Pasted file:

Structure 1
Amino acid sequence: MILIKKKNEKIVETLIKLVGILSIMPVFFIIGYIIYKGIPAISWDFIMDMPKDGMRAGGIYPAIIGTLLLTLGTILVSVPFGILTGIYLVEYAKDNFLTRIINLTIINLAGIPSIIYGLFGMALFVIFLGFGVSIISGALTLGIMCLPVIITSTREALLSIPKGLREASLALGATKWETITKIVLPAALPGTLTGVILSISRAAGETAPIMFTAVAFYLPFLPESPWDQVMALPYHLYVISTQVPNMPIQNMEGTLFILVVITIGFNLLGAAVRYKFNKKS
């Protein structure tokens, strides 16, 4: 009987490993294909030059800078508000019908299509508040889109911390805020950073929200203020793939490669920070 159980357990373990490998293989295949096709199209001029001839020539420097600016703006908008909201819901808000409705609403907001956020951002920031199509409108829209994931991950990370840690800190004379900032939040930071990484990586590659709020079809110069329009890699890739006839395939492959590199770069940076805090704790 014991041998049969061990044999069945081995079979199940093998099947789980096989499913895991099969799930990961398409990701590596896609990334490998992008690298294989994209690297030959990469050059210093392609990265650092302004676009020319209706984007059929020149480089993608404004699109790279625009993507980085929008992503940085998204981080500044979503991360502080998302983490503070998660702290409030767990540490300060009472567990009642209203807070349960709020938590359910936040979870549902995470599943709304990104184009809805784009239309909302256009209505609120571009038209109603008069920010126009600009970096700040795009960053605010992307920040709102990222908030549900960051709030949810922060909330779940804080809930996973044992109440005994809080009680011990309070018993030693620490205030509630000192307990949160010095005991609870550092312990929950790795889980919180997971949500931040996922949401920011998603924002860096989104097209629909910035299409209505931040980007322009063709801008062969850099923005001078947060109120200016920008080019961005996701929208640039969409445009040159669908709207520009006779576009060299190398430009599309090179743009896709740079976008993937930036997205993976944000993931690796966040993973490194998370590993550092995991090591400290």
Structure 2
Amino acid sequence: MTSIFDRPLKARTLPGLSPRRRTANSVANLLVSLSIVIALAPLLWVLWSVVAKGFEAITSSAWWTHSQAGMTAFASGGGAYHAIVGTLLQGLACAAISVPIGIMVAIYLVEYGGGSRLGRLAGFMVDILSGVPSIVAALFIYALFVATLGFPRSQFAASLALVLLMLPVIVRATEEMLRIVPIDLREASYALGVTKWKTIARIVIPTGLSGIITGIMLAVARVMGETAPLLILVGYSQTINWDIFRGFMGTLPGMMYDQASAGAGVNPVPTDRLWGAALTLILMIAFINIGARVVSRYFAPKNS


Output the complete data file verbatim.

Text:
Structure 1
Amino acid sequence: MILIKKKNEKIVETLIKLVGILSIMPVFFIIGYIIYKGIPAISWDFIMDMPKDGMRAGGIYPAIIGTLLLTLGTILVSVPFGILTGIYLVEYAKDNFLTRIINLTIINLAGIPSIIYGLFGMALFVIFLGFGVSIISGALTLGIMCLPVIITSTREALLSIPKGLREASLALGATKWETITKIVLPAALPGTLTGVILSISRAAGETAPIMFTAVAFYLPFLPESPWDQVMALPYHLYVISTQVPNMPIQNMEGTLFILVVITIGFNLLGAAVRYKFNKKS
């Protein structure tokens, strides 16, 4: 009987490993294909030059800078508000019908299509508040889109911390805020950073929200203020793939490669920070 159980357990373990490998293989295949096709199209001029001839020539420097600016703006908008909201819901808000409705609403907001956020951002920031199509409108829209994931991950990370840690800190004379900032939040930071990484990586590659709020079809110069329009890699890739006839395939492959590199770069940076805090704790 014991041998049969061990044999069945081995079979199940093998099947789980096989499913895991099969799930990961398409990701590596896609990334490998992008690298294989994209690297030959990469050059210093392609990265650092302004676009020319209706984007059929020149480089993608404004699109790279625009993507980085929008992503940085998204981080500044979503991360502080998302983490503070998660702290409030767990540490300060009472567990009642209203807070349960709020938590359910936040979870549902995470599943709304990104184009809805784009239309909302256009209505609120571009038209109603008069920010126009600009970096700040795009960053605010992307920040709102990222908030549900960051709030949810922060909330779940804080809930996973044992109440005994809080009680011990309070018993030693620490205030509630000192307990949160010095005991609870550092312990929950790795889980919180997971949500931040996922949401920011998603924002860096989104097209629909910035299409209505931040980007322009063709801008062969850099923005001078947060109120200016920008080019961005996701929208640039969409445009040159669908709207520009006779576009060299190398430009599309090179743009896709740079976008993937930036997205993976944000993931690796966040993973490194998370590993550092995991090591400290």
Structure 2
Amino acid sequence: MTSIFDRPLKARTLPGLSPRRRTANSVANLLVSLSIVIALAPLLWVLWSVVAKGFEAITSSAWWTHSQAGMTAFASGGGAYHAIVGTLLQGLACAAISVPIGIMVAIYLVEYGGGSRLGRLAGFMVDILSGVPSIVAALFIYALFVATLGFPRSQFAASLALVLLMLPVIVRATEEMLRIVPIDLREASYALGVTKWKTIARIVIPTGLSGIITGIMLAVARVMGETAPLLILVGYSQTINWDIFRGFMGTLPGMMYDQASAGAGVNPVPTDRLWGAALTLILMIAFINIGARVVSRYFAPKNS